Why do your bones matter?

Your bones start growing inside the womb long before you’re born and don’t stop until you get to around 30 years of age. Your bones form the shape and structure of your whole body. Muscles attach to them to allow you to move and they form a barrier around your internal organs, protecting them from harm. Without your bones, you wouldn’t be able to walk, sit, run, stand or even talk.

You need your bones to be strong. Bones need both calcium and vitamin D for growth. Without these, life-changing conditions such as rickets (in children) and osteoporosis can develop. These are called ‘silent diseases’ as they often don’t present with symptoms during early stages, making them difficult to diagnose.

The good news? Prevention is easy and this site will help you understand how to take care of your bones.


Journey of Bone Health

0-5 years

0-5 years

The early years are a pivotal time for bone growth. Once a baby is born, the skull can take 2-4 months to fully form, while the complete fusing of bones can take as long as 3 years.

5-30 years

5- 30 years

The skeleton continues to develop, lengthen and grow throughout youth and adolescence as teenagers reach their full height. Surprisingly, however, the skeleton doesn’t mature until 25-30 years of age, where it reaches peak strength. It has been shown that building healthy bones during youth can help prevent conditions in later life.

30-50 years

30-50 years

Around the age of 40, bone mass slowly starts to decline as the speed of bone loss overtakes bone growth. The rate of this decline can be affected by many factors, including genetics, lifestyle and the impact of exercise and diet in early life.

50+ years

50+ years

Bone loss naturally accelerates as we age and the skin’s ability to synthesise vitamin D starts to decline rapidly. Women are more at risk due to the menopause, increasing the risk of conditions such as osteoporosis. A healthy, balanced diet, active lifestyle and vitamin D supplementation are essential to maintaining healthy bones into old age.

Keep your bones healthy

In addition to treatment, there are many small changes you can make to your lifestyle to help keep your bones strong throughout your life.

High intensity exercise, such as running or football, is great for children’s bone health. By participating in these from a young age right up to adulthood, they will build bone strength that lasts into later life.

Maintaining an active lifestyle is also important in later years. This can involve brisk walks, any form of dancing, swimming or even gardening. All contribute to strengthening muscles, improving balance and co-ordination.

A healthy, balanced diet is an elixir for many aspects of health and bones are no different. Maintaining a healthy diet is important throughout childhood and into later life. Eating a variety of foods, including fruit and vegetables, fish and wholegrain foods help you and your family receive the vitamins and minerals required to maintain healthy bones.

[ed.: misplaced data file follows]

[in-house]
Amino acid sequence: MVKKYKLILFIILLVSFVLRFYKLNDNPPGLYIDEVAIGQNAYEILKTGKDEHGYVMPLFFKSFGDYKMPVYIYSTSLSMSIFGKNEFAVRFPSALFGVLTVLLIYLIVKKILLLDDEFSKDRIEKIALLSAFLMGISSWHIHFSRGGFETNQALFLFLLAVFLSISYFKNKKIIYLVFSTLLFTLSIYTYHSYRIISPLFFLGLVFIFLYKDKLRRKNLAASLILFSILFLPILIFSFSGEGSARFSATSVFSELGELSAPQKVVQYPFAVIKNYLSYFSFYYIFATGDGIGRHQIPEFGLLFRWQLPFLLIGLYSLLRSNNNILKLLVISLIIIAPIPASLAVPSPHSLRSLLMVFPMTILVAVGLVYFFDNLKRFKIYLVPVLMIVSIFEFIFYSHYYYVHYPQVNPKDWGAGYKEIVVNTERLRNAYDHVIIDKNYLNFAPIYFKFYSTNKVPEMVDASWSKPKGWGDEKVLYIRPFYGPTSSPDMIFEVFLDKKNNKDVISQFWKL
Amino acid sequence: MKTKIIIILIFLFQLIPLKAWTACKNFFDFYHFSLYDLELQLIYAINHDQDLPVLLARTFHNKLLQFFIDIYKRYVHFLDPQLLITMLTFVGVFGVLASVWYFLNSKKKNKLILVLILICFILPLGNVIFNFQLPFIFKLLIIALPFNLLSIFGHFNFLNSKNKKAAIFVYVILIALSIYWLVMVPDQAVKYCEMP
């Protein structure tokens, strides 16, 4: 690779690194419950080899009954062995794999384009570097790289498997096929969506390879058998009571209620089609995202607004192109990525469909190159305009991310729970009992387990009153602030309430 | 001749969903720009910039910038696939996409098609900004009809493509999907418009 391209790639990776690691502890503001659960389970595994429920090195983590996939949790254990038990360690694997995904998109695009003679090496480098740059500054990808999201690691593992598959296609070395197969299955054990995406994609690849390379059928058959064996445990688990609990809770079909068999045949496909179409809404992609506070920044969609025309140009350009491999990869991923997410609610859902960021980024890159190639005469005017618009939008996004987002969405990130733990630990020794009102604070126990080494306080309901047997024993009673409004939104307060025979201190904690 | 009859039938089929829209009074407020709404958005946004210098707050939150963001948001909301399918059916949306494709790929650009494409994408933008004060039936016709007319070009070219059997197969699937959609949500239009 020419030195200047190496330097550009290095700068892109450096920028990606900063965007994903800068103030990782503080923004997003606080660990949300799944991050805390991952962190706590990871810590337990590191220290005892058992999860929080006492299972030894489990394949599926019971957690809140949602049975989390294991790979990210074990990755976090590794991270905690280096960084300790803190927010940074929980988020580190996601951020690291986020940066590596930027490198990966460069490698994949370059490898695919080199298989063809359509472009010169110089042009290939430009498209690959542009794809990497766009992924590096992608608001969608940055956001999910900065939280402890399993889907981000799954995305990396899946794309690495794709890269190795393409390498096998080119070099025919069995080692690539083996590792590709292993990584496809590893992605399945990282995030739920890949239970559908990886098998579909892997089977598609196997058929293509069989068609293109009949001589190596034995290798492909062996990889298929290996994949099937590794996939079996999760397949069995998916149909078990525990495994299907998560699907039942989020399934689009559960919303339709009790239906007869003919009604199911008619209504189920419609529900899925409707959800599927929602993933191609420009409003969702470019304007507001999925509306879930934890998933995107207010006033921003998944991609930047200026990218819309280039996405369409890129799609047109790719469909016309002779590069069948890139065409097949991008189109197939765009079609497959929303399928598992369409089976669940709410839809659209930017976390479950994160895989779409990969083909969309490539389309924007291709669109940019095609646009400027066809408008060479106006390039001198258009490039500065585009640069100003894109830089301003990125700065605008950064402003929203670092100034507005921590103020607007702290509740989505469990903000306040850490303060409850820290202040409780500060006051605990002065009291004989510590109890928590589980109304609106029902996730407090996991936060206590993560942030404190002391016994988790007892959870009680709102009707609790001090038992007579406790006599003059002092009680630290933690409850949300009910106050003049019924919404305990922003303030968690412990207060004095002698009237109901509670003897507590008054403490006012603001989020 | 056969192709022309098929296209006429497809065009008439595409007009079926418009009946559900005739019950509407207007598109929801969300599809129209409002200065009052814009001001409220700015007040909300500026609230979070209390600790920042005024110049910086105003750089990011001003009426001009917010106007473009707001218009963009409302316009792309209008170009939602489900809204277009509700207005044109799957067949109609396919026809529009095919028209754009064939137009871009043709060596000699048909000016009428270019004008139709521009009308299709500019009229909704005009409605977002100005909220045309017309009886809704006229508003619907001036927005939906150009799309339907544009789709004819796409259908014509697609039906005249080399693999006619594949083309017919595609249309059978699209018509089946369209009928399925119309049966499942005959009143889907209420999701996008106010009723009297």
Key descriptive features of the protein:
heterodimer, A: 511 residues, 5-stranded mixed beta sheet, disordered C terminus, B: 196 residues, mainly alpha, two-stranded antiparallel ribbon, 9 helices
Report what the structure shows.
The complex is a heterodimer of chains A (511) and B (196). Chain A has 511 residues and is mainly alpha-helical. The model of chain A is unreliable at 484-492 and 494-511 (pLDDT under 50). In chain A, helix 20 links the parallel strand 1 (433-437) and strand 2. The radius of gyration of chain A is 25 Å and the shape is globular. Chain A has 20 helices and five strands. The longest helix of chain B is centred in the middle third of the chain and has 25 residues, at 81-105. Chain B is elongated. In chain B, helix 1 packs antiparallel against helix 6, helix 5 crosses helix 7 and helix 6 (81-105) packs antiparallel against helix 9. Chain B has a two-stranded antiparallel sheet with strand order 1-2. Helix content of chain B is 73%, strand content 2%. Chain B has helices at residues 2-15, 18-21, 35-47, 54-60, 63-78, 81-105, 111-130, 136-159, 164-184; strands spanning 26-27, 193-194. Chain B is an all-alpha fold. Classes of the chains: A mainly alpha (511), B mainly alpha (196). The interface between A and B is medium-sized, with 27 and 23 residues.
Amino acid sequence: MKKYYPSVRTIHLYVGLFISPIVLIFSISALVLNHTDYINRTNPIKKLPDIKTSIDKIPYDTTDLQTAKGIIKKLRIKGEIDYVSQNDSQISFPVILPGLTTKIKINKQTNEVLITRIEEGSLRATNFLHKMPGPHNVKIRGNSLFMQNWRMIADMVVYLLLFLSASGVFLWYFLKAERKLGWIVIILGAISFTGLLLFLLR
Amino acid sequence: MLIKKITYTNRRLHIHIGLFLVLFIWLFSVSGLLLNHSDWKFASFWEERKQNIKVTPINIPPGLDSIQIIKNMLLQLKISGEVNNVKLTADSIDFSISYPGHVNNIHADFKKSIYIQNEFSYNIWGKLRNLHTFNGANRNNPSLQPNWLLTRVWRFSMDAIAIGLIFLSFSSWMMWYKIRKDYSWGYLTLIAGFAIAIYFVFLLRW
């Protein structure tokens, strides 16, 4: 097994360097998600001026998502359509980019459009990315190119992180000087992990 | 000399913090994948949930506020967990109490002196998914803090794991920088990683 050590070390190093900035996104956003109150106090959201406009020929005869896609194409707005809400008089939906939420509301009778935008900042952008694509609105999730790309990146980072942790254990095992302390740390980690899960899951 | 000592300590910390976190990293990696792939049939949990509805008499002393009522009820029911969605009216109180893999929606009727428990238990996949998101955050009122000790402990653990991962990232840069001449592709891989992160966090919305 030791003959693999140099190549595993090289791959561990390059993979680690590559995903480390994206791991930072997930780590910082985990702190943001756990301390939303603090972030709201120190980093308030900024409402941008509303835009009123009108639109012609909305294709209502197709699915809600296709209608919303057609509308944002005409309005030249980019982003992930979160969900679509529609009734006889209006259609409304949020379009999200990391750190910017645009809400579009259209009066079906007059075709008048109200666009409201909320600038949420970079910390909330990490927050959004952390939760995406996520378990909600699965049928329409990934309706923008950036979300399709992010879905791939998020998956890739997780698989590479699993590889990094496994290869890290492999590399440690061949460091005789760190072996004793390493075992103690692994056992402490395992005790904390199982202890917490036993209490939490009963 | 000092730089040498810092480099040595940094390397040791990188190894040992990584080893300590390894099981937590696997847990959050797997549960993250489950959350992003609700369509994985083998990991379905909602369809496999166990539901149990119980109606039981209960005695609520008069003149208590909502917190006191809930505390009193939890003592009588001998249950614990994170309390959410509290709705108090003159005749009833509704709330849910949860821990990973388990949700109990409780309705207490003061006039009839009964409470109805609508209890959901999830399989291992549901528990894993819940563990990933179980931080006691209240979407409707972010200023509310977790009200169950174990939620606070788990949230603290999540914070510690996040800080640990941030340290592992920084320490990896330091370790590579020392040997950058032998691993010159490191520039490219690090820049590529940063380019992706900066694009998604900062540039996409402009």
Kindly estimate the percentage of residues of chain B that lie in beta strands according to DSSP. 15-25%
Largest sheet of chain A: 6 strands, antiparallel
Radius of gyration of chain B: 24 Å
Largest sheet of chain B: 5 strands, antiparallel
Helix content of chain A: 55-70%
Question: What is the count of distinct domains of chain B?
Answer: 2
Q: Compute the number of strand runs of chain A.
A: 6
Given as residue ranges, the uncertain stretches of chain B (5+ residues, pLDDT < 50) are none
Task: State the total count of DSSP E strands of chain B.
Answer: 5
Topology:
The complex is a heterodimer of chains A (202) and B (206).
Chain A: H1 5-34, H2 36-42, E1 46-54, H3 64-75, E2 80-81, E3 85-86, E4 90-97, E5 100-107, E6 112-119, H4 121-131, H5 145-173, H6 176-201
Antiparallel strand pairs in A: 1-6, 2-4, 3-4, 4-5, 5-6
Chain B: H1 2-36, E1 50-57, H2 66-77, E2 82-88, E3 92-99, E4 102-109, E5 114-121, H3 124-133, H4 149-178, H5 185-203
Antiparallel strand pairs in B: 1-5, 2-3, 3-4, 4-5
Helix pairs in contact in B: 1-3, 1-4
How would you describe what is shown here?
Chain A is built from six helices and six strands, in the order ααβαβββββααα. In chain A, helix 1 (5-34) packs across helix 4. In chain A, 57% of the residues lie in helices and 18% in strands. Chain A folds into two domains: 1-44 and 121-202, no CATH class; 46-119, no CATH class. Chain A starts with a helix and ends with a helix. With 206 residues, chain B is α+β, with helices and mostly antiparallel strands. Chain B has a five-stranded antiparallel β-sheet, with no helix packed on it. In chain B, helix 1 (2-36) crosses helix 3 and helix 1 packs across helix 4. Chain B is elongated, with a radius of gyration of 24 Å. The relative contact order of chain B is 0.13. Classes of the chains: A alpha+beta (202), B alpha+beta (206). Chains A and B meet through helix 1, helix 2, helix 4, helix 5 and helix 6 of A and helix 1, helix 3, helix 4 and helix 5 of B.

Lifestyle

There are three major lifestyle factors that have an impact on your bones:


  • Smoking has been shown to slow down the cells that make bone, resulting in lower bone density, an increased risk of fractures and slower healing from broken bones. Quitting smoking at any time is the best thing smokers can do to protect their bones.

  • High levels of alcohol can decrease bone formation and increase the breakdown of bone. To avoid the negative effects of alcohol consumption, follow the government’s recommended weekly intake level of 14 units, ensuring to have alcohol free days

  • Higher BMI is correlated with increased bone mass and also provides cushion should you fall. However, being overweight can increase your fracture risk and affect your overall health. Staying within your normal body weight range is the key to reducing the risk of fractures in later life.

Consequences of poor bone health

Though you may not be able to see the symptoms of deteriorating bone quality, the consequences are very real and can have a severe impact at any age.

Childhood

Vitamin D deficiency is a major factor contributing to poor bone health in children.The absorption of calcium is impaired, leading to inhibited bone growth. Symptoms may include tiredness, aching muscles and soft bones. In serious cases deficiency can result in Rickets, which may result in skeletal deformities such as bowed legs and stunted growth.

50 and Over

Due to the increasing bone loss that occurs as we age, people over 50 – in particular post-menopausal women, are at higher risk of bone-related conditions. Osteomalacia, Osteopenia and Osteoporosis are three of the most severe: 

  • Osteomalacia is the softening of bones due to inadequate levels of calcium and vitamin D.

  • Osteopenia is the midway point between healthy bones and osteoporosis. While a fracture is the most common reason for diagnosis, you may also be referred for a bone health check – called a DEXA scan. If you have visited your doctor because of tiredness or other symptoms, this could flag that you have the early signs of osteoporosis.

  • Osteoporosis weakens bones making them brittle and more likely to break. Often osteoporosis isn’t diagnosed until a minor fall results in a fracture. This is commonly a wrist or hip fracture.

Pregnancy

Vitamin D is important to ensure normal bone development in the foetus and for the maintenance of bone health in the mother. Pregnant mothers are particularly at risk of deficiency, which if untreated can lead to conditions such as gestational diabetes and pre-eclampsia.

Job code: FUL-519  
Date of preparation: June 2019